Basic suggestion- keep the noodles but use less of them, proportionately, in a dish. I calorie counted for a while and I was shocked at how much of a difference it made to just do less rice and more meat and veg in my dinner portions. I didn't notice the lesser portion of rice much, compared to all the other changes I could have made involving substitutions of the rice in its entirety. Getting to still have my rice made me happier than having...eggplant or whatever, as a base. (I realise I was still having a substitution but it felt much less sacrificial).
posted by jojobobo at 11:51 PM on December 4, 2016 [5 favorites]


Most noodle substitutes just make me feel like I'm eating a Hungry Girl blog post. If you're used to that delicious, filling carbobomb, suddenly swapping in shirataki probably won't satisfy you.

We make a relatively low-noodle spaghetti that still scratches my carb itch. Here's what goes in it:

- Fresh, whole-wheat pasta. Both the freshness and the whole wheat add a lot of hearty substance to the texture. It's more inconvenient for us to get than dried supermarket pasta, yet it's quicker to make, so it ends up an easy dinner that we don't have all the time.
- More vegetables than noodles. We basically cook whatever veggies we have on hand and mix in 1/3 to 1/2 jar of spaghetti sauce; the end result is more like sauce-covered veggies than something you can pour.
- We've also recently discovered riced broccoli (we get pre-made bags at Trader Joe's) which is not exactly a substitute but makes pretty decent filler. You could make a dish with half noodles and half riced broccoli/cauliflower.

It could also help you to make personal rules about the circumstances when you eat noodles: only whole wheat, or only from scratch, or only in restaurants, or only when there's a lot of veggies/protein added. Something that will limit your opportunities without actually feeling restrictive.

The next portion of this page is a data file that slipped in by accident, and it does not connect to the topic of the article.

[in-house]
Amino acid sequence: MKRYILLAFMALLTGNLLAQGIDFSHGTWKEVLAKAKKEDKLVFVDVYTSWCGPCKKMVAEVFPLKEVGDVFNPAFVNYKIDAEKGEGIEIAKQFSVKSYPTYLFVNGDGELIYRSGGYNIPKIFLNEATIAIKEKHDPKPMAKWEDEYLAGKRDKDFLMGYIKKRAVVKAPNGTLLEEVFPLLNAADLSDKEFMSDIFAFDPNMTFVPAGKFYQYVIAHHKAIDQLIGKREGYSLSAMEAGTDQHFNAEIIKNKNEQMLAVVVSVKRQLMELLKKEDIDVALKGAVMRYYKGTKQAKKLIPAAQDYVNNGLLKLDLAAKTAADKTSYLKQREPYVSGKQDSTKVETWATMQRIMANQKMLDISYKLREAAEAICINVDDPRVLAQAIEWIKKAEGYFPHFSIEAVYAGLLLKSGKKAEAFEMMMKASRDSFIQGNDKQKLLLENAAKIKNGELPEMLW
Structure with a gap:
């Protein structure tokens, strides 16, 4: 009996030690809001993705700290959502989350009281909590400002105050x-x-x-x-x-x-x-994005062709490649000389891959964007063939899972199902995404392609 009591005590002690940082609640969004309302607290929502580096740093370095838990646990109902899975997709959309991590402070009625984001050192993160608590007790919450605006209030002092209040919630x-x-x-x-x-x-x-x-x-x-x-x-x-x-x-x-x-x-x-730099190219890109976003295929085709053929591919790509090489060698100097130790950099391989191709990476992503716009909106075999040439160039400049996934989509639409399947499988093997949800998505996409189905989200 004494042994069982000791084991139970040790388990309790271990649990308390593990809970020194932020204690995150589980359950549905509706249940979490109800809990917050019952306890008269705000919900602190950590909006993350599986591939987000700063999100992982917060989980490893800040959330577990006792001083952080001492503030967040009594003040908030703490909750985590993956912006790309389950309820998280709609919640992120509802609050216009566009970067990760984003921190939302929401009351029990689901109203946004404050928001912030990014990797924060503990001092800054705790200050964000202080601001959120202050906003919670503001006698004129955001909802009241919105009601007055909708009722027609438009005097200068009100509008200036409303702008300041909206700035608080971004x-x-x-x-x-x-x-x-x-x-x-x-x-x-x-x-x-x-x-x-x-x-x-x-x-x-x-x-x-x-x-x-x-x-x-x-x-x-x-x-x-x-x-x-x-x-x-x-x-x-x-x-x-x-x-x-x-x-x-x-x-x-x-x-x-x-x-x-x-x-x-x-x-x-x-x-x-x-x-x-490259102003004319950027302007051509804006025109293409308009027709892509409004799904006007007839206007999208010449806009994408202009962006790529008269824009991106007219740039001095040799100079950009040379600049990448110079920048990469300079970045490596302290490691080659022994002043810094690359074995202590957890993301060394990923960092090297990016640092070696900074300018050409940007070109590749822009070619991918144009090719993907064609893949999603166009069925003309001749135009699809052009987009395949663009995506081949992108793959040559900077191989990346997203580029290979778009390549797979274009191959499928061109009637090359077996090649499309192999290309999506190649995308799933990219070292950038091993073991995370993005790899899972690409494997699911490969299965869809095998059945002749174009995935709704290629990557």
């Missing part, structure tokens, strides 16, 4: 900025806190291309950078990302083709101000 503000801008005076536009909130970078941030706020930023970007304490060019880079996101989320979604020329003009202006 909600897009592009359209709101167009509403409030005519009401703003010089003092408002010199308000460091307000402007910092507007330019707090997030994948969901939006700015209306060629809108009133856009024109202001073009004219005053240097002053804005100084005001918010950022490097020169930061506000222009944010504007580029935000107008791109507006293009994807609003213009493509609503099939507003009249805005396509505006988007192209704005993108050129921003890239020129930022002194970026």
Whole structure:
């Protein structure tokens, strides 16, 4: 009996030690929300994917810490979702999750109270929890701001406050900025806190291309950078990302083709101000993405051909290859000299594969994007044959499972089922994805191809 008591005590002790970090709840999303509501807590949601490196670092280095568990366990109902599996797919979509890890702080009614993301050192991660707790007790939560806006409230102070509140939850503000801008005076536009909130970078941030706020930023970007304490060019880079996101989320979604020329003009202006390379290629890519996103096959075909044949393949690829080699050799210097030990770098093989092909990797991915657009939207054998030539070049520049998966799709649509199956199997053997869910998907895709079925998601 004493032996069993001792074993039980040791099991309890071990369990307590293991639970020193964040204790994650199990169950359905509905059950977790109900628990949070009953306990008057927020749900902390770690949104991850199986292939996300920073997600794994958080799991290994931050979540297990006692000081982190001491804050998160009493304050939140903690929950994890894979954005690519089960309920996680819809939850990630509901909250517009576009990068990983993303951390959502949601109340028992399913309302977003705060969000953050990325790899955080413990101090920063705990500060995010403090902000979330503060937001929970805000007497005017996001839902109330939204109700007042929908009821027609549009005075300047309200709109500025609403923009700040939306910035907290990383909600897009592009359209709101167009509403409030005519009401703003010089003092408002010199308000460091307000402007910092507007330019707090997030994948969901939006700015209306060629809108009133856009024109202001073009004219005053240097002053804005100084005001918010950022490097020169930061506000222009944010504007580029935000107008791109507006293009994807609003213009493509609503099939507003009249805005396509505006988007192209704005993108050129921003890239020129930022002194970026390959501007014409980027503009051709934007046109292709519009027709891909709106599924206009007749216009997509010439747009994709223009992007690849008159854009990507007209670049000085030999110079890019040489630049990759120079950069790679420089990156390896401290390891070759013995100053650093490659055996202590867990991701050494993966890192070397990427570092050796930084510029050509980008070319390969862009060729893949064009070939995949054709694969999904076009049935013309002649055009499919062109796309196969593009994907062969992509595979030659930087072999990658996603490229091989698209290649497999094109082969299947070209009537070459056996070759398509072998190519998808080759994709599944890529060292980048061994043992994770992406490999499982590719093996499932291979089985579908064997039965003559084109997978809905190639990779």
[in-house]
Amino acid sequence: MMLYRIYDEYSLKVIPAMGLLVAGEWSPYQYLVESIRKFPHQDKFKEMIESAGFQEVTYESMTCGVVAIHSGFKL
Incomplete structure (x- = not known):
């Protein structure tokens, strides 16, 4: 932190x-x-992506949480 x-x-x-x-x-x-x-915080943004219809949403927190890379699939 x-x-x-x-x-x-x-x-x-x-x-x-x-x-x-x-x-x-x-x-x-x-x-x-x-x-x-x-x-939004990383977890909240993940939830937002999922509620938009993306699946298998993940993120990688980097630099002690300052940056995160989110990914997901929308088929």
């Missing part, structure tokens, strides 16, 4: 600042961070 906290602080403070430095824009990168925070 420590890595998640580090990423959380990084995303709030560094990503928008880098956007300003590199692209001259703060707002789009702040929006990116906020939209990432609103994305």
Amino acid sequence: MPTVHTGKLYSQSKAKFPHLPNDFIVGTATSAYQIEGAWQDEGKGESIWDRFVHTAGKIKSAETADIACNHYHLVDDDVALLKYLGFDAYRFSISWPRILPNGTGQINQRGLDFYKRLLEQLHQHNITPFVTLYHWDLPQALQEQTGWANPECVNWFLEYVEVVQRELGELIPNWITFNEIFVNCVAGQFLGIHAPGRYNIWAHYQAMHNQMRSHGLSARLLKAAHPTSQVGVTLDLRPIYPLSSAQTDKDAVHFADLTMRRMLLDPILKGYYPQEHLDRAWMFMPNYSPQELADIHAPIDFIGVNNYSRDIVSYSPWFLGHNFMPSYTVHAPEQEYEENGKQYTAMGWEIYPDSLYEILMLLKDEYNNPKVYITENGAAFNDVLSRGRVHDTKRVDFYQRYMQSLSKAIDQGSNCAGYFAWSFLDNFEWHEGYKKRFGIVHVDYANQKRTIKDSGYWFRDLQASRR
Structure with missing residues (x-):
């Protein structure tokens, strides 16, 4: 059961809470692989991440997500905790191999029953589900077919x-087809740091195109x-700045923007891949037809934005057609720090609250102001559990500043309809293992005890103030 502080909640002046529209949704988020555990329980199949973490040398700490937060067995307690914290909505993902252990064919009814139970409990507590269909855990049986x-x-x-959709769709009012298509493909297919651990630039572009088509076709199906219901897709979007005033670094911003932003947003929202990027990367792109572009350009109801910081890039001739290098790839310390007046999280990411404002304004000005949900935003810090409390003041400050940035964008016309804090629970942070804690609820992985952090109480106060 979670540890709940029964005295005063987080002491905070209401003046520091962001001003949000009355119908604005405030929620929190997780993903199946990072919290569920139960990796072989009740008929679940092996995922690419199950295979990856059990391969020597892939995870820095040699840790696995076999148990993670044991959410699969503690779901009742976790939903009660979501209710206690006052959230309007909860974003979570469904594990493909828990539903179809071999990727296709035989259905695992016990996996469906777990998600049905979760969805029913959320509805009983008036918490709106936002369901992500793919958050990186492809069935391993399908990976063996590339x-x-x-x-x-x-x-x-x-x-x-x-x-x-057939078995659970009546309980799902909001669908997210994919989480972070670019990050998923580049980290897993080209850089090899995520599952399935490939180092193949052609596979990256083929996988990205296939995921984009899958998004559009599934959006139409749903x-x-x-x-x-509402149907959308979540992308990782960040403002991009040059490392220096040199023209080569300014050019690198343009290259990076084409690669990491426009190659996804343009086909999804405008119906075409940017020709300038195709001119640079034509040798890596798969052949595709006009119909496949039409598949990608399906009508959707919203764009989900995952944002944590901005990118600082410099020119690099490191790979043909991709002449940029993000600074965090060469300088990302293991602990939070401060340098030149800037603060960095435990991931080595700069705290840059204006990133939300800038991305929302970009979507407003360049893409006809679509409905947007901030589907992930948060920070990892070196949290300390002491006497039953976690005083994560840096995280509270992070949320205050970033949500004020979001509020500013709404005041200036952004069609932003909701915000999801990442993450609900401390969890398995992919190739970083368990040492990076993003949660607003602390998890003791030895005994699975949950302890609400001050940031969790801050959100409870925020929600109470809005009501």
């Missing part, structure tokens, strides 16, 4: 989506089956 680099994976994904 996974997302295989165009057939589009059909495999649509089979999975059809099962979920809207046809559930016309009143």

posted by Metroid Baby at 4:09 AM on December 5, 2016


We found a fantastic whole wheat pasta made by La Molisana that we like more than white pasta. We also tried spelt pasta at one point but we found it gummy and didn't like it.

If you're looking for high(er) protein, avoid gluten-free pasta (corn or rice based): honestly, just compare the protein content on the label. Durum wheat is a high-protein variety.
posted by heatherlogan at 4:57 AM on December 5, 2016


I use Hong Kong Noodles to make this fast and delicious Spicy Pan-Fried Noodles dish.

More often than not, I substitute chili garlic sauce for the garlic, then use less oil and sriracha.

I don't know how well it stores; I only make enough for immediate needs.
posted by Short Attention Sp at 5:02 AM on December 5, 2016


Oh yeah, and lots of veg. We've been making our own sauce starting by frying up some onions, adding chopped zucchini or swiss chard, then tomatoes (fresh, canned, or a jar of sauce -- if you're doing fresh or canned, throw in lots of oregano and some salt with the onions). Add the nearly-cooked pasta when it's about one minute from being done, mix with the sauce, and cook for another few minutes till the pasta is done (it cooks more slowly in the sauce).

It's delicious hot or cold for lunch the next day too.
posted by heatherlogan at 5:03 AM on December 5, 2016


Came in to say soba noodles, but ourobouros was already there. They are delicious and versatile, and it seems buckwheat is one of those foodstuffs that are really good for your microbiome. (last link a little pop-med, but as far as I can see, the underlying research is good).
Google for thousands of recipes.
posted by mumimor at 6:28 AM on December 5, 2016


Last time I was at Costco I brought home a big ol' box of edamame noodles (thin spaghetti shape) that were pretty awesome and served equally well in Asian and Italian recipes
posted by prize bull octorok at 8:39 AM on December 5, 2016


If you're only worried about glycemic index (and not absolute calorie count), pair your pasta/noodles with lots of fiber.

Role of glycemic index and glycemic load in the healthy state, in prediabetes, and in diabetes
posted by porpoise at 11:24 AM on December 5, 2016


This is one example, but a simple fix is to reverse the ratio of noodle to vegetable
posted by O9scar at 3:05 PM on December 5, 2016 [1 favorite]